Tuesday, February 15, 2011
Story-A-Day #96: Wish You Were Here
WISH YOU WERE HERE
I’ll admit with full disclosure that the situation really did seem like a disaster. I had gone out in my 12-foot aluminum boat to enjoy a simple day of fishing. I went alone: mistake number one. I had only been out for a couple hours when the rain started, but I decided to stick it out, thinking it would pass. I should have checked the forecast: mistake number two. When I washed up on the shore of this island, I was relieved, but I knew that I might be here for a while. I hadn’t told anyone I was heading out: mistake number three.
I’ve been here for 9 days now, which might seem like quite a bit of time, but it isn’t; not at all. And my stay has been quite pleasant. I am on Grand Island and as you know, there was an old camp here. I have shelter. I managed to keep hold of my fishing rod when my boat capsized and my tackle box washed up later on first day, so I can get food easily enough. Plus there are a ton of edible plants on this island. They must be remnants from the camp; I’ve found things like carrots and potatoes growing, and that isn’t exactly common for this area.
At first, my instinct was to panic about my situation and to loath myself for being so stupid. Three major mistakes had gotten me where I am, and they were all easily remedied.
What I’ve come to realize though, is that I might have actually done all this on purpose – not consciously or anything, but the subtext of intent in my actions is undeniable. Things back home have been pretty crazy lately and I hadn’t realized just how run down and tired I have been for the past few weeks. This time away has proven to be quite beneficial.
I’ve been swimming every day, with the pretense that I’ll eventually swim back to the mainland. I’ve been hiking around the island looking for more secret nooks and moments of splendor. I’ve also been thinking. Possibly more than I ever have before.
Life should not be a consistent battle to get work done, pay the bills, fulfill social obligations, maintain friendships, eat properly, or satisfy the overarching needs of society. We have become so regimented that there is little joy remaining in our lives.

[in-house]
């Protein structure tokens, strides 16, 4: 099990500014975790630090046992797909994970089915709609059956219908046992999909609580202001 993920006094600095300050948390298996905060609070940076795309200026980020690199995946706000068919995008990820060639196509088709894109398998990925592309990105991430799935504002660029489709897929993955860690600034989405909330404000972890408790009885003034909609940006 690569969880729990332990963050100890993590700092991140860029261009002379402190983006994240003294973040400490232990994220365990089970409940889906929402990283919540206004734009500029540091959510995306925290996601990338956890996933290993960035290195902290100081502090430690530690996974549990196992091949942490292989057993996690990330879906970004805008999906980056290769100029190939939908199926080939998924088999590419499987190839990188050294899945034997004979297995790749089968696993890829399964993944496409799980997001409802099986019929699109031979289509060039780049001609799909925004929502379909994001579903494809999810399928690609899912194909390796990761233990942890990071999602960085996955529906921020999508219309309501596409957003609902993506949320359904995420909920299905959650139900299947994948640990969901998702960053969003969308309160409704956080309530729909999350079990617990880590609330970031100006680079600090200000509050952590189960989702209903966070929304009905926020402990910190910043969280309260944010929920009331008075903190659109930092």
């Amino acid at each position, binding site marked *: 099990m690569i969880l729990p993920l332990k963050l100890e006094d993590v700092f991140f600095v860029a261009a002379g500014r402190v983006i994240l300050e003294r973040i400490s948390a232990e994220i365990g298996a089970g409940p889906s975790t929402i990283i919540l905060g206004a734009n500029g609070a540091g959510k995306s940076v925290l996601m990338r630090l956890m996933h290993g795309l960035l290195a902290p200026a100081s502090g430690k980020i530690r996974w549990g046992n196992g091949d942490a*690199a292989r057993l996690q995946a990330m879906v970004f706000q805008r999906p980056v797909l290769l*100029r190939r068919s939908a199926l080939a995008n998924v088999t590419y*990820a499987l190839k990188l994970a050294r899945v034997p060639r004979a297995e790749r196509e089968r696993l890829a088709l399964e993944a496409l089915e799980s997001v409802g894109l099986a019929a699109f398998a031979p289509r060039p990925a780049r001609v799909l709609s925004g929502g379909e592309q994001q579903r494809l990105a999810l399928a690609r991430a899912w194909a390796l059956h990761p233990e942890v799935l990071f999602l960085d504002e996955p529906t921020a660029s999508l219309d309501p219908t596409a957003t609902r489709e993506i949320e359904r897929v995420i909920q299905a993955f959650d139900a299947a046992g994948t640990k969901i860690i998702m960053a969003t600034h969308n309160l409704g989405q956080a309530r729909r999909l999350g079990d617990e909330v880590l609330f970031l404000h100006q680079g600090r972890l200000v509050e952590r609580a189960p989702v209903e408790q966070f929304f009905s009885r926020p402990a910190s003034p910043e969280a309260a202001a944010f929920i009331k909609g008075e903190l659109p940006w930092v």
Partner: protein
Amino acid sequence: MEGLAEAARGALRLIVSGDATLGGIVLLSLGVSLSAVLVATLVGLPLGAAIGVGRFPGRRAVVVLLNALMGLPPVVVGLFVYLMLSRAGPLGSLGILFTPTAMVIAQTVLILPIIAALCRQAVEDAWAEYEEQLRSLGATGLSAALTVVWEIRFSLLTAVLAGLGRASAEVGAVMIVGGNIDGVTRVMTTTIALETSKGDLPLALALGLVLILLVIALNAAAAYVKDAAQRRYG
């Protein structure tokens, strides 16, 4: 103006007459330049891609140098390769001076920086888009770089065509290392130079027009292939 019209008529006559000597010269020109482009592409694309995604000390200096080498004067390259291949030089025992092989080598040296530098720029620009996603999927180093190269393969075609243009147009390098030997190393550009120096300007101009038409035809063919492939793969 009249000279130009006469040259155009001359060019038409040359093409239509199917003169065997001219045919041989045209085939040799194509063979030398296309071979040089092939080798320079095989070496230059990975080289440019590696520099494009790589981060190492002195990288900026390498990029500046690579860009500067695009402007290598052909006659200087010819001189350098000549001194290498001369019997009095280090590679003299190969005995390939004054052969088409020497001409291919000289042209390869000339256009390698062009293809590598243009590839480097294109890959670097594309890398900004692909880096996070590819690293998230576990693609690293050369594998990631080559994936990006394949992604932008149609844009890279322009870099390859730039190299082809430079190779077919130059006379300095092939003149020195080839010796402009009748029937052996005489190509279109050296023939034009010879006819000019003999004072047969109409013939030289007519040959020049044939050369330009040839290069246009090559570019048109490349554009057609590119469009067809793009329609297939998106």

Out here on this island, things are great. I don’t plan my activities, I just engage in whatever notion catches my attention. Feeling warm? Swim. Feeling low? Climb a tree? Feeling apathetic? Take a hike. It’s a wonderfully causal system.
I am writing this letter to you as a token of respect. I am going to put it in a bottle and see where it ends up. If you have found this, you know that I am on Grand Island. Feel free to send someone to collect me. I won’t resist. After all, I am not here to escape my obligations. I have family and friends that will be missing me by now and I don’t want them to worry.
I’ll go home when the time comes, but for now, there is so much peace and beauty on this little island that I am quite content to watch the waves crash over the rocks as the sun slowly sinks into the horizon. Whoever you might be, I ask that you do the same tonight. Do it every night. Also, take an hour to watch the skies at night. That is something you will never regret doing.
Please pass this letter along to the authorities and be sure to leave your name. I’d like to meet you someday, supposing we haven’t met already. Send help, but don’t rush. I’m happy in this place and I don’t mind waiting.
Wish You Were Here.